In order to reverse the trend, Kala Raksha started Kala Raksha Vidhyalaya, the first design school for traditional artisans. Here, artisans learn design in order to be able to create more effectively for new, distant markets. The unique concepts of each artisan designer are valued, consciousness and confidence increase, and the art aspect of craft reemerges. Artisan Design emphasies the aspect of the artisan’s thought.

Now, Kala Raksha has added a logo to this concept, in order to create visibility and value for the individual’s creative effort. Artisan Design also creates value for the integrated spirit of tradition. This is the symbol of integration of concept and execution, and of raising status of the artisan. It is a new fair trade idea—fair trade for the creative spirit. Artisan Design certifies that a product is an artisan’s own creative innovation. It celebrates the individual’s heart, mind and hand.

The second initiative is e-portfolios of the Artisan Designers who have graduated from Kala Raksha Vidhyalaya. Each graduate has invested a year of hard work and incredible creativity, to embark on a unique artistic path. Through the e-portfolios, Kala Raksha will facilitate contact to world markets for each of these artists. The contemporary market has a critical role to play in recognizing and honouring the spirit of the creator. With information technology, emerging artisan designers can be discovered by people who can value their work. The portfolios will be maintained on a new website www.kalaraksha-vidhyalaya.org to be launched in January 2011.

The third initiative is live in time for the holiday season. It is a collaboration with Equal Craft, a socially conscious marketplace that provides world citizens with excellent world art, and artisans with true global market value and recognition. www.equalcraft.com

Combining age old tradition and the latest technology, Kala Raksha and Equal Craft are breaking social barriers. E-commerce makes it possible for rural artisans to directly connect with long distance markets. The fact that one can ask what is the difference between a quilter in Vermont selling her quilts on Etsy.com and Lachhuben Rabari selling her embroidered bags on Equalcraft.com says it all. There is no difference. The venture is leveling the playing field. The difference is that now Lachhuben can sell her embroidered bags directly to anyone in the world—and she can get direct feedback from her customers!

Equal Craft’s contemporary technology makes it possible to sell the story– the cultural and personal context that creates value –along with the product. You can follow what else Lachhuben has made. And you can ask this Rabari woman what she thought about when she created it—and get her response.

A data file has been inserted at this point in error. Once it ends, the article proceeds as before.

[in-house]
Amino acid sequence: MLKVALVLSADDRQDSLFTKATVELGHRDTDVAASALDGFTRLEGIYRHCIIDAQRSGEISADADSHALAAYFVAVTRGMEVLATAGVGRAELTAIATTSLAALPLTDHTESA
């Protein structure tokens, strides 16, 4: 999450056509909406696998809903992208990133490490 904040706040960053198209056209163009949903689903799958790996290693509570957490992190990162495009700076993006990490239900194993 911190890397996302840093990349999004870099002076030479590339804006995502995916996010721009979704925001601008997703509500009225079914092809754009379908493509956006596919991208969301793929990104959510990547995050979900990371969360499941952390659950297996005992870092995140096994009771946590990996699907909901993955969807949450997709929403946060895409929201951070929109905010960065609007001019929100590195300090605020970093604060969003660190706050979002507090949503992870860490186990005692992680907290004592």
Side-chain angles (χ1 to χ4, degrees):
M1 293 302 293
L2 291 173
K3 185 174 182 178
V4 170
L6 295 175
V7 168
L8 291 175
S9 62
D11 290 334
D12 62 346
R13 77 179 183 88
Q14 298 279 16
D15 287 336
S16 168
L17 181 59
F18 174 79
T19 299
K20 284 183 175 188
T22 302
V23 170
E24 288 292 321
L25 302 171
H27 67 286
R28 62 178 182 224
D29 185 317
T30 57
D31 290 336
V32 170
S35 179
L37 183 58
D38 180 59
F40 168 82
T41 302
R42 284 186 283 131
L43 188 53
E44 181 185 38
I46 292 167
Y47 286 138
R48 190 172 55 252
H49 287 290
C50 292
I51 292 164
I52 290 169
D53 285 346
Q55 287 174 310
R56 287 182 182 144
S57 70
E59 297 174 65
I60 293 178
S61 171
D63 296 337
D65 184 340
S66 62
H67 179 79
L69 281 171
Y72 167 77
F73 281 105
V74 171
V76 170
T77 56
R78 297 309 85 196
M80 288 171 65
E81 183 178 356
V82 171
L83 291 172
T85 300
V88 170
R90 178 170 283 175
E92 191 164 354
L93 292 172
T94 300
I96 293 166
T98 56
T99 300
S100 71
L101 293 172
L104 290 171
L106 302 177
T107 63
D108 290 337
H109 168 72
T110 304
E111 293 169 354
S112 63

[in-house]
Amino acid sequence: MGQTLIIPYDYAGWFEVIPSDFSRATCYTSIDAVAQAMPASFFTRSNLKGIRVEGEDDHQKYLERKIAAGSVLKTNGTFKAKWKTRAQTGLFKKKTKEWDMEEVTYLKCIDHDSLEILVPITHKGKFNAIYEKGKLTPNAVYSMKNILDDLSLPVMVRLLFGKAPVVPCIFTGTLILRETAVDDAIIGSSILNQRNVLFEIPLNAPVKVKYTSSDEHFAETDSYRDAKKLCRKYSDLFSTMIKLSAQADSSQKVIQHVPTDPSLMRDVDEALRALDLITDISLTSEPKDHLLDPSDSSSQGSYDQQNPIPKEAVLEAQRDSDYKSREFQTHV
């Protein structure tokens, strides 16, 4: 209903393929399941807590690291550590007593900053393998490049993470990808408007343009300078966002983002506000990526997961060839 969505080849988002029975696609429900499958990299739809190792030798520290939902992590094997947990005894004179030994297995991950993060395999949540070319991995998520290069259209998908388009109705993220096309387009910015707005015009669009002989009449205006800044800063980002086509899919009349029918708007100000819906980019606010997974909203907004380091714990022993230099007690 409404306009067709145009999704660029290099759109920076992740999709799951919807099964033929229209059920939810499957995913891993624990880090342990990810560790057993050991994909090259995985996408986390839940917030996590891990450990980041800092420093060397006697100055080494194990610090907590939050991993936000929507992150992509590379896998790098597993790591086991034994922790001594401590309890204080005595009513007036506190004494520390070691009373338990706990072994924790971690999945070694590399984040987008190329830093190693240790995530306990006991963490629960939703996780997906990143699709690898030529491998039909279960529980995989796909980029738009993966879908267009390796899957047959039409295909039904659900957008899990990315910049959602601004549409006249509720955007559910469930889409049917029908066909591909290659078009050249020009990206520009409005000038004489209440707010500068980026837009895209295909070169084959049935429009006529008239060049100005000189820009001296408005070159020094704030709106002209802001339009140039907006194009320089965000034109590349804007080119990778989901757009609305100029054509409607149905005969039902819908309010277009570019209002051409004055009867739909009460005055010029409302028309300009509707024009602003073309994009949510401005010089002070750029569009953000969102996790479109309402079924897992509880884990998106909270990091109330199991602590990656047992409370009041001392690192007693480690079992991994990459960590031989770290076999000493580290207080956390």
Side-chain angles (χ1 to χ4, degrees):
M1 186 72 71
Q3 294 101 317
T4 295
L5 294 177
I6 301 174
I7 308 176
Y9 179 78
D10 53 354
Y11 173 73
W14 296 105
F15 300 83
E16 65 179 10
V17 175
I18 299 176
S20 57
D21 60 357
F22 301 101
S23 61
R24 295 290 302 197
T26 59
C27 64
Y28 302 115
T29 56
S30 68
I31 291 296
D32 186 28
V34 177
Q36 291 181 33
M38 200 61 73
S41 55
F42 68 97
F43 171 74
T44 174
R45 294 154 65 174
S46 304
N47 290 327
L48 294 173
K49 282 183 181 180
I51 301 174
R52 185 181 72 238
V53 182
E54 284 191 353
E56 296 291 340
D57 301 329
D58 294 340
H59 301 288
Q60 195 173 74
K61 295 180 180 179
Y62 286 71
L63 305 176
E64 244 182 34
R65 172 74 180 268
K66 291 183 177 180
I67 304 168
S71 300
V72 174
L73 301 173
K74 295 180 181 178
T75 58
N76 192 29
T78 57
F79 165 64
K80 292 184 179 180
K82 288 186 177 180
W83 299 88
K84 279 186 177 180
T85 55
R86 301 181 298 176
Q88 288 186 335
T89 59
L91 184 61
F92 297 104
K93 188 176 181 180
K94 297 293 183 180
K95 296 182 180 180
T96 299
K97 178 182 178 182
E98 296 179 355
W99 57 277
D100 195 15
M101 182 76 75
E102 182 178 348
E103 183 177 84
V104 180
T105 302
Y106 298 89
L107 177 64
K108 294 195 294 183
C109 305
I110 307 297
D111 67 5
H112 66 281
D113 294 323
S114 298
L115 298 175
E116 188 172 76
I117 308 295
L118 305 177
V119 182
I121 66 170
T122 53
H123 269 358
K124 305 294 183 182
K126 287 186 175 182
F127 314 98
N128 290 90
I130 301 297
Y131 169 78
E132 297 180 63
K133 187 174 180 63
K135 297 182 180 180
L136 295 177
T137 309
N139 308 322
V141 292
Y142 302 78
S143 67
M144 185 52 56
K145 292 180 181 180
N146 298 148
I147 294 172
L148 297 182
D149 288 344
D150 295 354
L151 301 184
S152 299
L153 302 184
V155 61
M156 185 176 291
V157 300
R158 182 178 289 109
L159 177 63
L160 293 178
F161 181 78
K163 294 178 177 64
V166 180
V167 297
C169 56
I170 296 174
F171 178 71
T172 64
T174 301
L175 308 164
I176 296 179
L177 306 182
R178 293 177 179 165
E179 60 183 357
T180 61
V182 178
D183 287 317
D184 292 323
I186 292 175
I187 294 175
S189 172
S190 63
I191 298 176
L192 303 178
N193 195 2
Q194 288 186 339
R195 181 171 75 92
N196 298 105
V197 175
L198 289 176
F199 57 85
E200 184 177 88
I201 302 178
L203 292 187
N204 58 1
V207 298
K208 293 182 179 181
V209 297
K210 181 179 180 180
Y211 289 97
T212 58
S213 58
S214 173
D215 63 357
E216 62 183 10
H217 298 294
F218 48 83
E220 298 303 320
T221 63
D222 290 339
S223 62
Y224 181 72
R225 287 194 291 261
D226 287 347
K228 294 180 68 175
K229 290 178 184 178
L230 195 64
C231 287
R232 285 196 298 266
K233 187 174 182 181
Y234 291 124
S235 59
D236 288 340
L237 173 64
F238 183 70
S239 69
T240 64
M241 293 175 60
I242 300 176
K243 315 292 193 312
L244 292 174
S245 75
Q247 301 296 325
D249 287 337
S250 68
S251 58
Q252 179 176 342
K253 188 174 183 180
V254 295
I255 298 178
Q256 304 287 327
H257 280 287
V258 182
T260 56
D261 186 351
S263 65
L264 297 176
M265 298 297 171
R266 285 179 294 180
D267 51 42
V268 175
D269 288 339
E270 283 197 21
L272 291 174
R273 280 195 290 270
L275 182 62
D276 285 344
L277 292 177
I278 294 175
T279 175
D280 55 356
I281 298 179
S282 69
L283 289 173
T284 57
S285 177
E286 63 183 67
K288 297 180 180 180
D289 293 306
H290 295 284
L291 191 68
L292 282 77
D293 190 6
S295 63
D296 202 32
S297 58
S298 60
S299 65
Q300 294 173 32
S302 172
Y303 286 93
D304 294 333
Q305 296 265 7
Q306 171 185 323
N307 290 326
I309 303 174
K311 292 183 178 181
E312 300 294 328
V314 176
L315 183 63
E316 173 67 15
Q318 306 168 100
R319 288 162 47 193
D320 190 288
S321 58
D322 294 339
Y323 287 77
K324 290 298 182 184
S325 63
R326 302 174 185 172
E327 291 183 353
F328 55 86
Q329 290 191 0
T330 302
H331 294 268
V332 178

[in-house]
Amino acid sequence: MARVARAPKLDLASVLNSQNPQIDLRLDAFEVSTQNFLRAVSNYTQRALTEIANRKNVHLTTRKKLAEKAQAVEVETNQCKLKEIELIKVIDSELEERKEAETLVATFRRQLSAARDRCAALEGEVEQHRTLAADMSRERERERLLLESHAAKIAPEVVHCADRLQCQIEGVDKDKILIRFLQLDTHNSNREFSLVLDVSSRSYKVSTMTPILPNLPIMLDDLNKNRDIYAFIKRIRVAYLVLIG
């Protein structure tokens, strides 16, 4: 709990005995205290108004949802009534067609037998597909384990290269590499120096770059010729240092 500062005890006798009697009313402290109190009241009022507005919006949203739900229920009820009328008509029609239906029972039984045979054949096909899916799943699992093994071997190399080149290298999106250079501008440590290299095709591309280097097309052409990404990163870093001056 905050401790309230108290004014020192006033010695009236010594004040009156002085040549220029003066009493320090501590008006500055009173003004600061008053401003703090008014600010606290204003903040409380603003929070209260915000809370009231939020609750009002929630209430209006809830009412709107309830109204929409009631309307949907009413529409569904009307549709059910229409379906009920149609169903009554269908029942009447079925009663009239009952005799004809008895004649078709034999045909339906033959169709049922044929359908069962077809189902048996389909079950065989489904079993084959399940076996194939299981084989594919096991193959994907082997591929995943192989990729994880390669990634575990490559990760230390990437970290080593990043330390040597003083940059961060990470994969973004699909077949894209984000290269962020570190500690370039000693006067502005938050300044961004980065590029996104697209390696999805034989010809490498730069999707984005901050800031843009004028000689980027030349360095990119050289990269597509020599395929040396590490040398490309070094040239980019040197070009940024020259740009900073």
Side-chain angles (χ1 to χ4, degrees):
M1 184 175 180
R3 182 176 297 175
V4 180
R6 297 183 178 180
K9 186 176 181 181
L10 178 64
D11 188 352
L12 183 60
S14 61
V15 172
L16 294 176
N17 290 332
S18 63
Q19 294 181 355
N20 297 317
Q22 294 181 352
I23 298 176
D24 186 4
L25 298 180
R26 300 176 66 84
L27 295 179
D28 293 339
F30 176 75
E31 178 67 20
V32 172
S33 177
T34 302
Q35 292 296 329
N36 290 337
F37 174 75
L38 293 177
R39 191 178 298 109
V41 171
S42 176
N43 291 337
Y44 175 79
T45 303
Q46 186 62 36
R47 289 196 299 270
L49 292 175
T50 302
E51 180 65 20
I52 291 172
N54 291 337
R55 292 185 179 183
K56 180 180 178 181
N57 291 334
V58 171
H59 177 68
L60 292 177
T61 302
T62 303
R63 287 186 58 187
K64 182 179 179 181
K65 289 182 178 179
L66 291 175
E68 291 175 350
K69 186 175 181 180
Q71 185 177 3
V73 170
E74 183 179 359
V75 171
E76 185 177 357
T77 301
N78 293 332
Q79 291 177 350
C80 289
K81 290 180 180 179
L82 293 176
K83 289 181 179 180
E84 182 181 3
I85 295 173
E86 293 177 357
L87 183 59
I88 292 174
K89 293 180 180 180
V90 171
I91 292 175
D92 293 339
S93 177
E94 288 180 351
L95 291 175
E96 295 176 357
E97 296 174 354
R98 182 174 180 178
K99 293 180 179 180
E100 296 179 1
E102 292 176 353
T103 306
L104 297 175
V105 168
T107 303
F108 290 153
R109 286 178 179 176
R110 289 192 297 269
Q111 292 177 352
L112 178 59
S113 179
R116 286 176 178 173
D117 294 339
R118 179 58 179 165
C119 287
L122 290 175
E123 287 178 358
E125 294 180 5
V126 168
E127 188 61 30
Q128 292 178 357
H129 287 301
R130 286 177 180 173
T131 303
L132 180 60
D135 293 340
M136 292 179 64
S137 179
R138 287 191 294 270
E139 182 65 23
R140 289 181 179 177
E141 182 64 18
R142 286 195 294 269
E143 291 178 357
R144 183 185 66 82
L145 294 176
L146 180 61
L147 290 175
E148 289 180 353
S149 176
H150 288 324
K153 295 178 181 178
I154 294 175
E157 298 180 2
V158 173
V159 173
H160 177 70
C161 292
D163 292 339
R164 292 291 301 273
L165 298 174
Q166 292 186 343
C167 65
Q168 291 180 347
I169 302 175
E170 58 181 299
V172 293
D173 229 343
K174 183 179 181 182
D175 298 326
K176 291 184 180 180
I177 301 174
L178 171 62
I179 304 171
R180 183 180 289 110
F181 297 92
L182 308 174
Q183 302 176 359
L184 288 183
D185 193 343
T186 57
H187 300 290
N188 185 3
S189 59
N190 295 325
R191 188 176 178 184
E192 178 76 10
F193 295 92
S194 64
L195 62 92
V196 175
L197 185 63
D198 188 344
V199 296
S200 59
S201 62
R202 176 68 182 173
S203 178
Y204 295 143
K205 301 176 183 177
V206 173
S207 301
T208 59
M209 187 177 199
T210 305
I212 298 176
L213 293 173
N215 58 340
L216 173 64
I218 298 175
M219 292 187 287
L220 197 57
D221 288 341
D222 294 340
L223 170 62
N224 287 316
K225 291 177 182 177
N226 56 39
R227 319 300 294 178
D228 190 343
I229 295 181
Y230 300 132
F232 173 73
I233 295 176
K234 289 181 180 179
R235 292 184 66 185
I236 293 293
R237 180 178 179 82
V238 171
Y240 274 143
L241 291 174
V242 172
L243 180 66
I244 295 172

In the way that Kala Raksha Vidhyalaya offers design education to artisans with no formal education, Equalcraft.com makes social networking possible for artisan designers who may not read and write.

A Fair Trade for Creative Labour – forum

The following forum is an opportunity to bring together critical perspectives on cultural partnerships with the real-life demands of those working in the field. It will provide the context for the development of a Code of Practice for Craft-Design Collaborations

Title: A Fair Trade for Creative Labour: How to sustain trust in north-south collaborations
Date: Monday 19 October 1-2pm
Location: Design Research Institute, RMIT University Level 3, 110 Victoria St, Melbourne


  • Dr Linda Chalmers, Product Manager, Oxfam Australia
  • Professor Donald Feaver, Associate Professor of Law, RMIT University
  • Professor Mark Minchinton, Professor of Aboriginal and Torres Strait Islander Education, RMIT University
  • Associate Professor Tim Scrase, Director of the Centre for Asia Pacific Social Transformation Studies , University of Wollongong

Globalisation threatens cultural diversity through the loss of local markets and commodification. In response to this, there is increasing interest by consumers to support local producers through their purchases. Fair Trade has emerged as one attempt to guarantee producer benefits.

But there are problems. Fair Trade sometimes appears as a reasonably blunt instrument that does not reflect the complex relations between rich and poor worlds, such as when a designer seeks to develop a product with rural artisans. Are there ways of strengthening such forms of accreditation to reflect the complex negotiations about issues such as cultural authenticity that arise in product development?

Meanwhile, we are seeing the emergence of various ‘soft laws’ to regulate global industries and maintain consumer trust. What instrument might assist in collaborations between designers and artisans? How might this inform the concerns of consumers in their desire to do good by purchasing these products? Is there a place for this in projects that involve Australian Indigenous craft and design?